Dinner this night was at the famous Casa Lucio restaurant in central Madrid. The food was delicious, culminating in one of my favorite dishes, steak a la plancha. On our way home, we inadvertently stumbled into a few more tapas bars, but this was a tasting trip, so it was all done in a very professional way. "Professional" what, I'm not sure, but we sure did make sure to taste as much as possible...
All in all it was a very informative trip, I did find a few interesting wineries with whom I'll be following up in 2008. But I didn't get that "Ah-hah!" moment I live for, where you sit up and go "wow". Still, I did get to meet some great people and had a wonderful time.
Pictures can be seen here:
Madrid Day 4
Madrid Day 5
Saturday, December 01, 2007
Last night a motley crew of about thirty thirsty wine lovers gathered at the brand spanking new Astor Wine Education Center. At first glance, the place looks amazing. It looks, as my friend Keith said, like Mission Control, with stainless steel Viking appliances, stainless steel sinks and motion-sensor faucets (mine seemed a bit buggy, unless a buddy was playing a prank and waving at it when I wasn't looking...). There are under-table lights that allow you to look at the color of your wine, and the chairs are comfortable and made of leather (or some leather-like material). Arrayed in a broad semi-circle, we faced a kitchen-like area with the aforementioned appliances, with three flat-screen TVs above the speakers showing us information about the wines we were tasting.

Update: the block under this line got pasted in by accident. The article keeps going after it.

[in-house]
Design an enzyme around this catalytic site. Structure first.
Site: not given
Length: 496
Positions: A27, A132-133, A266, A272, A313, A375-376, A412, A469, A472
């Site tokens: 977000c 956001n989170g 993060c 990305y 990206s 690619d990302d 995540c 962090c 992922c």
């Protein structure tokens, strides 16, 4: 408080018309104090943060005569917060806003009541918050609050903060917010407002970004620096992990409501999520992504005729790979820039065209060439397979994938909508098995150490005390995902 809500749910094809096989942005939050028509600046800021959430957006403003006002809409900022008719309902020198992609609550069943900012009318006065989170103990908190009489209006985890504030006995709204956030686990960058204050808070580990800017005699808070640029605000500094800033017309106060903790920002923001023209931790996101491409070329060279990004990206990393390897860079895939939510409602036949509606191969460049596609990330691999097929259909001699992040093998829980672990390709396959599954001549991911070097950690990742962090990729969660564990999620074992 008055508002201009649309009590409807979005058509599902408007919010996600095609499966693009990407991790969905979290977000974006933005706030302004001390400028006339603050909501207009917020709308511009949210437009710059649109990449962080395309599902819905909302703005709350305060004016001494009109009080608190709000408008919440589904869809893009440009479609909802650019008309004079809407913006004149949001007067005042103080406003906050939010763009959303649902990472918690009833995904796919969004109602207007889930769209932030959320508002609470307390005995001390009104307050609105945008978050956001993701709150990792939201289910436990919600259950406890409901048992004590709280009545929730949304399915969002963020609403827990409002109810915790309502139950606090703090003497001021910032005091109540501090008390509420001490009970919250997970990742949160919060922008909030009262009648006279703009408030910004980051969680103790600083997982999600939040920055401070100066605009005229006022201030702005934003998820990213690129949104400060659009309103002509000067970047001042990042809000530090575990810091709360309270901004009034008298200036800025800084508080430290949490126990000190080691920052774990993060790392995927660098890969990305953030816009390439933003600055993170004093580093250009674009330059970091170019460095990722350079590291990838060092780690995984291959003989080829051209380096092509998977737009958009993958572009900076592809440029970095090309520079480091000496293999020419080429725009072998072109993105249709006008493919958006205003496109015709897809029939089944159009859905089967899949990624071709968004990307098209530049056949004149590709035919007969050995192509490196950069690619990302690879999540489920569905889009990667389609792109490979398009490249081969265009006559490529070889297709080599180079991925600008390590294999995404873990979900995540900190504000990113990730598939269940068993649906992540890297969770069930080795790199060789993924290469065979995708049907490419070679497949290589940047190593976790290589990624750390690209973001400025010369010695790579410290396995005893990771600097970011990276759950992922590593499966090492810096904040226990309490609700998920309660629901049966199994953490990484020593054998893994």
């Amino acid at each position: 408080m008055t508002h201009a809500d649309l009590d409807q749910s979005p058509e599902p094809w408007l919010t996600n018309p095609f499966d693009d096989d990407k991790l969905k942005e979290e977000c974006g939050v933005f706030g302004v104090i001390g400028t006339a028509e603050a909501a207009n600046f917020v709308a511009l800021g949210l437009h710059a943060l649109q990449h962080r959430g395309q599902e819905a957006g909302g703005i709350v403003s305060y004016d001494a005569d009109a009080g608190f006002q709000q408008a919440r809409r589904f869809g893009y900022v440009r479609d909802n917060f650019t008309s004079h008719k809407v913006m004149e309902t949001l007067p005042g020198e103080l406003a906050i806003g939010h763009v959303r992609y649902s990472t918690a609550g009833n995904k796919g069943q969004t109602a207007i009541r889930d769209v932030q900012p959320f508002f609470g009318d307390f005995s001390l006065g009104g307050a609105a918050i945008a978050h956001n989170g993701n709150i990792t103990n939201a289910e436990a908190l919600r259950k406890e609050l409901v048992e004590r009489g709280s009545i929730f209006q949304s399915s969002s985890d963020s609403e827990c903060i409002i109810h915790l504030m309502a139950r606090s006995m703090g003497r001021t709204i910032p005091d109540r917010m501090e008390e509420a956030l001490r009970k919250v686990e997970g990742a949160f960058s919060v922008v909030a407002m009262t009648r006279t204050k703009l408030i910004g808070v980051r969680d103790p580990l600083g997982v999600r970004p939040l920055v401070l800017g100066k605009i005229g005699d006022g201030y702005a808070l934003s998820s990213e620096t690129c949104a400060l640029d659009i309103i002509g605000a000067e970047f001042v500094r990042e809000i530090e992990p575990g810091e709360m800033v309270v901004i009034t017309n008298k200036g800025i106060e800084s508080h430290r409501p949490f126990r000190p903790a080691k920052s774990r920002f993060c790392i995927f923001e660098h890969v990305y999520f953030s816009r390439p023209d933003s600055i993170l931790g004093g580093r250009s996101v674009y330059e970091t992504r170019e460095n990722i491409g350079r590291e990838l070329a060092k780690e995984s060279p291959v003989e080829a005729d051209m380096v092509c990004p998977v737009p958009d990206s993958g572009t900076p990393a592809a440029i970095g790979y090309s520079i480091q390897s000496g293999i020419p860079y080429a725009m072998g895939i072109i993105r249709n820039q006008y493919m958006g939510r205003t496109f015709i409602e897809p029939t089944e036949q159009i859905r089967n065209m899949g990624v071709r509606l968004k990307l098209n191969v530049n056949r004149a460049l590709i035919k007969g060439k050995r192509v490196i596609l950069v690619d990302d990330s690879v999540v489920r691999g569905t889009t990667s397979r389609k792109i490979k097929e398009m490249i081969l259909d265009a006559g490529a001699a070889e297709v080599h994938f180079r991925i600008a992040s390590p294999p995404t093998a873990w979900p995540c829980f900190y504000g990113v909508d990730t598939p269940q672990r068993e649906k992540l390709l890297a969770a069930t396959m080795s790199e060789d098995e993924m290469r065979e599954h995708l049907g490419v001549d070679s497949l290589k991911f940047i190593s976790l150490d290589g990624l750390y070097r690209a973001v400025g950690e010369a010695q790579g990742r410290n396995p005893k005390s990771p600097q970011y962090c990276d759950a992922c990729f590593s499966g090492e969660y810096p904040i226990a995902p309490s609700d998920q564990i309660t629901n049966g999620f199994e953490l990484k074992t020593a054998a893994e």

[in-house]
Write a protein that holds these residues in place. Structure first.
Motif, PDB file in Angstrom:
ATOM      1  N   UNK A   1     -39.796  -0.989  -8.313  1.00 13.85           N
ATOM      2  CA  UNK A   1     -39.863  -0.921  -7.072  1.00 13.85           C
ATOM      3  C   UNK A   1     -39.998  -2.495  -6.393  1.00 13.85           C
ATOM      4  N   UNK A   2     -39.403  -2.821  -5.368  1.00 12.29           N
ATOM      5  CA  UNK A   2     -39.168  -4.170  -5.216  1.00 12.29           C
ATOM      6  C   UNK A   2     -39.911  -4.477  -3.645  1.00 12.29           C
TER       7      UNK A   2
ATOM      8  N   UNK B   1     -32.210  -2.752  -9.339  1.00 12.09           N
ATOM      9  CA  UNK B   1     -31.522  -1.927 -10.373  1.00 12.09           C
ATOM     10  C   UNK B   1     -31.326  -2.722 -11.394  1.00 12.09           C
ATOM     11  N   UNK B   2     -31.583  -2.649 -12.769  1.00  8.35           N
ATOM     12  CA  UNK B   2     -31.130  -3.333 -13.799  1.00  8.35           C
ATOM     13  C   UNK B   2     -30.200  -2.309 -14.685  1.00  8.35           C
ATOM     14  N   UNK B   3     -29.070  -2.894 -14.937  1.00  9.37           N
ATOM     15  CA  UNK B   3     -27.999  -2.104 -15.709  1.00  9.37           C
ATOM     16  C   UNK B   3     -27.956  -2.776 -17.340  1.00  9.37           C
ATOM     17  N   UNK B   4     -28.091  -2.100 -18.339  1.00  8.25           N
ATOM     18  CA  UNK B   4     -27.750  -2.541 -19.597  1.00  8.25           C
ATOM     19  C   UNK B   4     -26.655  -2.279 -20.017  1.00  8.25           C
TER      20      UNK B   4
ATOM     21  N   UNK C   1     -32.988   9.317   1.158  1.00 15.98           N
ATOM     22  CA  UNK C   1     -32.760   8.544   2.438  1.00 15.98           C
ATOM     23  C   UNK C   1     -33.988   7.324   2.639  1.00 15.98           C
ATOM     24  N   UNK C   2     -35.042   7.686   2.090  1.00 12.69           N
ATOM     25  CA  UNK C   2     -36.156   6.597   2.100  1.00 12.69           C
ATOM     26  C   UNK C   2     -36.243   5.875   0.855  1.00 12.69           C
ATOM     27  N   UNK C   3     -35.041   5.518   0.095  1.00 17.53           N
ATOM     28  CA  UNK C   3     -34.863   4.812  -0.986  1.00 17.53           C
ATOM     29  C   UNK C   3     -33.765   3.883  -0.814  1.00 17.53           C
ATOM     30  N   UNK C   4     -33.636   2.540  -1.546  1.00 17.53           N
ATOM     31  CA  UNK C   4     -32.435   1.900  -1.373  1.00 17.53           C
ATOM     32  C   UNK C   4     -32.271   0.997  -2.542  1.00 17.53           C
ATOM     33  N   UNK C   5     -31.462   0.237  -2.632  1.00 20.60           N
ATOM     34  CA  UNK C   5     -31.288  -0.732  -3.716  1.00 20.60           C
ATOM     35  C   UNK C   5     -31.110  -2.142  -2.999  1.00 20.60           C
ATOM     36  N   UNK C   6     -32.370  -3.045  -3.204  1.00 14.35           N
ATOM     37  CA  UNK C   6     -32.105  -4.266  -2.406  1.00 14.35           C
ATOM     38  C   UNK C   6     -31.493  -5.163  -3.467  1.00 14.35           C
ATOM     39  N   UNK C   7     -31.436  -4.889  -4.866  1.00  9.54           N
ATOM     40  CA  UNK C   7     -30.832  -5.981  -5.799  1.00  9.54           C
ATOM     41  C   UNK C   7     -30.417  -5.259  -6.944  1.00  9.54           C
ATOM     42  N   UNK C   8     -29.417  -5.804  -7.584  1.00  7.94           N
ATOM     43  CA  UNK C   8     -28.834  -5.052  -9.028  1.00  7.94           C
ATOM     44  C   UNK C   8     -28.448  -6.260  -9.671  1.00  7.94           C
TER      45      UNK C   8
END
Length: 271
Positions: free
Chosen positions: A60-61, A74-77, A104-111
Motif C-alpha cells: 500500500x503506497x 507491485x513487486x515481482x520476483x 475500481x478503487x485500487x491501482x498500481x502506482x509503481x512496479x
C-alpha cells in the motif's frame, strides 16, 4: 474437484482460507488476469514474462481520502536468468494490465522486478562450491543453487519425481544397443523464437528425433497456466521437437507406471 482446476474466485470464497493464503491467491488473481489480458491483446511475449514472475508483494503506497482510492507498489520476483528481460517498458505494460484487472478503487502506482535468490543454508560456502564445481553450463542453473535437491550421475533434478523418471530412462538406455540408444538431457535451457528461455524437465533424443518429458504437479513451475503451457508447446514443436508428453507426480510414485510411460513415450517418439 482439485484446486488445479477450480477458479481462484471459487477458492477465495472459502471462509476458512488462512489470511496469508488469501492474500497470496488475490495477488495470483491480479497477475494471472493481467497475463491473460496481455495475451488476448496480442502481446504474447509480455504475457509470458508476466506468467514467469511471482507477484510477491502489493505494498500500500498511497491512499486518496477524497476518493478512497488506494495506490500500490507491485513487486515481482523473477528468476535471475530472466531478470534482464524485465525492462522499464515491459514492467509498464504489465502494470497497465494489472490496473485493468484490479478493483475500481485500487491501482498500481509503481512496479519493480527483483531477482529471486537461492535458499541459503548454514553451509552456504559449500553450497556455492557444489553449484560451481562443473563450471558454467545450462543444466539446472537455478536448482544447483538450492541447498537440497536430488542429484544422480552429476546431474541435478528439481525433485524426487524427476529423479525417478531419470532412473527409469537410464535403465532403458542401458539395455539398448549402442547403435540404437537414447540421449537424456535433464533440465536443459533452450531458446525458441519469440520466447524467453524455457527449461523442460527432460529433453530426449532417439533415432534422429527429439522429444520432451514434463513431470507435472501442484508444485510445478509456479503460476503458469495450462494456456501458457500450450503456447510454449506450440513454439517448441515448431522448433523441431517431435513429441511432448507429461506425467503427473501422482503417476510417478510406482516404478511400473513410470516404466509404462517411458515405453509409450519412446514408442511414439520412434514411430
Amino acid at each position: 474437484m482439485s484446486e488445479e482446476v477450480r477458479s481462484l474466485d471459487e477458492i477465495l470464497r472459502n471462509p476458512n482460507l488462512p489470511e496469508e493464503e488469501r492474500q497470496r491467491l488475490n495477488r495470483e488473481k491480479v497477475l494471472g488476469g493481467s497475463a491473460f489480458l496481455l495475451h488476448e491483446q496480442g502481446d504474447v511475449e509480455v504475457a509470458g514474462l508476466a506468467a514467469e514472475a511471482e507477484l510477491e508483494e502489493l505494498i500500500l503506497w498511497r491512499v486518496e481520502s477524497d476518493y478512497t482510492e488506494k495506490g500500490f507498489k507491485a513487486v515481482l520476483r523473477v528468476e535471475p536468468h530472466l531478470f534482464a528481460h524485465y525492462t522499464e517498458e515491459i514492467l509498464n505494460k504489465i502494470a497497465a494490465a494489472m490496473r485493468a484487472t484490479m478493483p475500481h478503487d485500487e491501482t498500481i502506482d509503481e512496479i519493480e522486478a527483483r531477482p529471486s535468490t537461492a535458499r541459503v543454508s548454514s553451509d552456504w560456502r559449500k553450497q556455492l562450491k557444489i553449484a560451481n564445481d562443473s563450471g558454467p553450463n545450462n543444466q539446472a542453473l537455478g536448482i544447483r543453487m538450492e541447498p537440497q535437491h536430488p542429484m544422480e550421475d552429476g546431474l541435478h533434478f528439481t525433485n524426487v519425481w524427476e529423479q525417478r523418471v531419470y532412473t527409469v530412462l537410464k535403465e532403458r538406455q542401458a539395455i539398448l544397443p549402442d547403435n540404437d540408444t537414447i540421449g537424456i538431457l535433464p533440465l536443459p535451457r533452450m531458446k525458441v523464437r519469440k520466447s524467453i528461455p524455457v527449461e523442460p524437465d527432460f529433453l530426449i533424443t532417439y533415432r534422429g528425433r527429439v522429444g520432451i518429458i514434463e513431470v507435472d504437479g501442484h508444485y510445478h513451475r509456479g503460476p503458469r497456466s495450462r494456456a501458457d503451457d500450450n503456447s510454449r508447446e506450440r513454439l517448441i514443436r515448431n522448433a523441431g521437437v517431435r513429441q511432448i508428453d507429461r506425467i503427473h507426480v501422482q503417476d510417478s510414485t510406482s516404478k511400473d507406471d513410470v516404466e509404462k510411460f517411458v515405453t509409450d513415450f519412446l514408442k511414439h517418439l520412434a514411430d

How cool is that?
Alongside the Champagne we were offered a small plate of sushi from Morimoto, which was certainly nice and better than the stale cheese and crackers most places hand out. In any case, we were thirsty and an informative Brand Manager from Dom Perignon regaled us with stories of its history while we swirled and sniffed the following wines:
-1999 Dom Perignon
Beautiful light yellow color, with yeasty almonds, hazelnuts, lemons, hints of mushrooms, some hints of light red fruits and chalk on the nose. The palate followed through, reminding me of a very young Puligny Montrachet, redolent of almond skins on a crisp frame that was full of lovely acid and structure. Somehow, this managed to be both crisp and creamy at the same time, ending with a long finish.